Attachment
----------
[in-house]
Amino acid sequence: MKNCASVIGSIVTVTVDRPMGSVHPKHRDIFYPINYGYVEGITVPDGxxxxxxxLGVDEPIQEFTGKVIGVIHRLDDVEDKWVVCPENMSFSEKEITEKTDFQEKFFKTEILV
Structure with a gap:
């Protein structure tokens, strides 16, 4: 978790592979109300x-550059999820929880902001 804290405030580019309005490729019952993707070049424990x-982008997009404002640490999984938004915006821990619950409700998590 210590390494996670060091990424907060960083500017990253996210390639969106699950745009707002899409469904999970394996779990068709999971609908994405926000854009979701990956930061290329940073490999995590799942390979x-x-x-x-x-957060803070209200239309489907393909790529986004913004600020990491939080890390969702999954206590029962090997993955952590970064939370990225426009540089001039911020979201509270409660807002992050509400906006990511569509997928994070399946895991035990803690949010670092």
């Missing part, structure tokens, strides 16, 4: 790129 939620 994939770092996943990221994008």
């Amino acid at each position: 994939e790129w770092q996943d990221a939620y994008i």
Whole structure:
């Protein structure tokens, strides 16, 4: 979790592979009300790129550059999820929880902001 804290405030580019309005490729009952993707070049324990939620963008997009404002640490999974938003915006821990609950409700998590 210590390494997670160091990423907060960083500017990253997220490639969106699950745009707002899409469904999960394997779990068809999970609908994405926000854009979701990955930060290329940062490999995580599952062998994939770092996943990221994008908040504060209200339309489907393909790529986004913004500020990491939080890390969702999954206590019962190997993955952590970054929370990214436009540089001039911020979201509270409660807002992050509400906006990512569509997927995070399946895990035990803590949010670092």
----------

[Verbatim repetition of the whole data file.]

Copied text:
[in-house]
Amino acid sequence: MKNCASVIGSIVTVTVDRPMGSVHPKHRDIFYPINYGYVEGITVPDGxxxxxxxLGVDEPIQEFTGKVIGVIHRLDDVEDKWVVCPENMSFSEKEITEKTDFQEKFFKTEILV
Structure with a gap:
């Protein structure tokens, strides 16, 4: 978790592979109300x-550059999820929880902001 804290405030580019309005490729019952993707070049424990x-982008997009404002640490999984938004915006821990619950409700998590 210590390494996670060091990424907060960083500017990253996210390639969106699950745009707002899409469904999970394996779990068709999971609908994405926000854009979701990956930061290329940073490999995590799942390979x-x-x-x-x-957060803070209200239309489907393909790529986004913004600020990491939080890390969702999954206590029962090997993955952590970064939370990225426009540089001039911020979201509270409660807002992050509400906006990511569509997928994070399946895991035990803690949010670092």
């Missing part, structure tokens, strides 16, 4: 790129 939620 994939770092996943990221994008």
């Amino acid at each position: 994939e790129w770092q996943d990221a939620y994008i």
Whole structure:
């Protein structure tokens, strides 16, 4: 979790592979009300790129550059999820929880902001 804290405030580019309005490729009952993707070049324990939620963008997009404002640490999974938003915006821990609950409700998590 210590390494997670160091990423907060960083500017990253997220490639969106699950745009707002899409469904999960394997779990068809999970609908994405926000854009979701990955930060290329940062490999995580599952062998994939770092996943990221994008908040504060209200339309489907393909790529986004913004500020990491939080890390969702999954206590019962190997993955952590970054929370990214436009540089001039911020979201509270409660807002992050509400906006990512569509997927995070399946895990035990803590949010670092």